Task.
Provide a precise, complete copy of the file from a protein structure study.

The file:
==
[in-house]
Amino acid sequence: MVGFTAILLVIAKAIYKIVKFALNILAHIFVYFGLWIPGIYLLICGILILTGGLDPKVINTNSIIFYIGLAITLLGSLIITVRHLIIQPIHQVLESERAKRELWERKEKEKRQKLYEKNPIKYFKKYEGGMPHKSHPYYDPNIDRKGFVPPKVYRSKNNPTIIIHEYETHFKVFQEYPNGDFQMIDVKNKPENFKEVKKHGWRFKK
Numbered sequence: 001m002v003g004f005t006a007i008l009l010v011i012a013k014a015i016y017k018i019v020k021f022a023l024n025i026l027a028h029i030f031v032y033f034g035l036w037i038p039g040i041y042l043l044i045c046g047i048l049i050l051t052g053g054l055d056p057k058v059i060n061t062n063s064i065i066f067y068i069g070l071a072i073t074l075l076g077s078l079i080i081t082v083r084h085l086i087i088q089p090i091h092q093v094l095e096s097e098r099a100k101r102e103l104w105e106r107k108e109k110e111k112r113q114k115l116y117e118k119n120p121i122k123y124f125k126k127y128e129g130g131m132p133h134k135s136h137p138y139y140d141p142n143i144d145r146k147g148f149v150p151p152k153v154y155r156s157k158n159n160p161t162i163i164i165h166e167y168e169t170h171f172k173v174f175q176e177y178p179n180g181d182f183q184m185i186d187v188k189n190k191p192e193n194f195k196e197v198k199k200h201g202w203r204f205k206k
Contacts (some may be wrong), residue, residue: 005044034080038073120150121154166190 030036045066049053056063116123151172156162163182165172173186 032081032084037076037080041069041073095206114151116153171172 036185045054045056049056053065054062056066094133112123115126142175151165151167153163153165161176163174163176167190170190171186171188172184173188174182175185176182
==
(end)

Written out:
[in-house]
Amino acid sequence: MVGFTAILLVIAKAIYKIVKFALNILAHIFVYFGLWIPGIYLLICGILILTGGLDPKVINTNSIIFYIGLAITLLGSLIITVRHLIIQPIHQVLESERAKRELWERKEKEKRQKLYEKNPIKYFKKYEGGMPHKSHPYYDPNIDRKGFVPPKVYRSKNNPTIIIHEYETHFKVFQEYPNGDFQMIDVKNKPENFKEVKKHGWRFKK
Numbered sequence: 001m002v003g004f005t006a007i008l009l010v011i012a013k014a015i016y017k018i019v020k021f022a023l024n025i026l027a028h029i030f031v032y033f034g035l036w037i038p039g040i041y042l043l044i045c046g047i048l049i050l051t052g053g054l055d056p057k058v059i060n061t062n063s064i065i066f067y068i069g070l071a072i073t074l075l076g077s078l079i080i081t082v083r084h085l086i087i088q089p090i091h092q093v094l095e096s097e098r099a100k101r102e103l104w105e106r107k108e109k110e111k112r113q114k115l116y117e118k119n120p121i122k123y124f125k126k127y128e129g130g131m132p133h134k135s136h137p138y139y140d141p142n143i144d145r146k147g148f149v150p151p152k153v154y155r156s157k158n159n160p161t162i163i164i165h166e167y168e169t170h171f172k173v174f175q176e177y178p179n180g181d182f183q184m185i186d187v188k189n190k191p192e193n194f195k196e197v198k199k200h201g202w203r204f205k206k
Contacts (some may be wrong), residue, residue: 005044034080038073120150121154166190 030036045066049053056063116123151172156162163182165172173186 032081032084037076037080041069041073095206114151116153171172 036185045054045056049056053065054062056066094133112123115126142175151165151167153163153165161176163174163176167190170190171186171188172184173188174182175185176182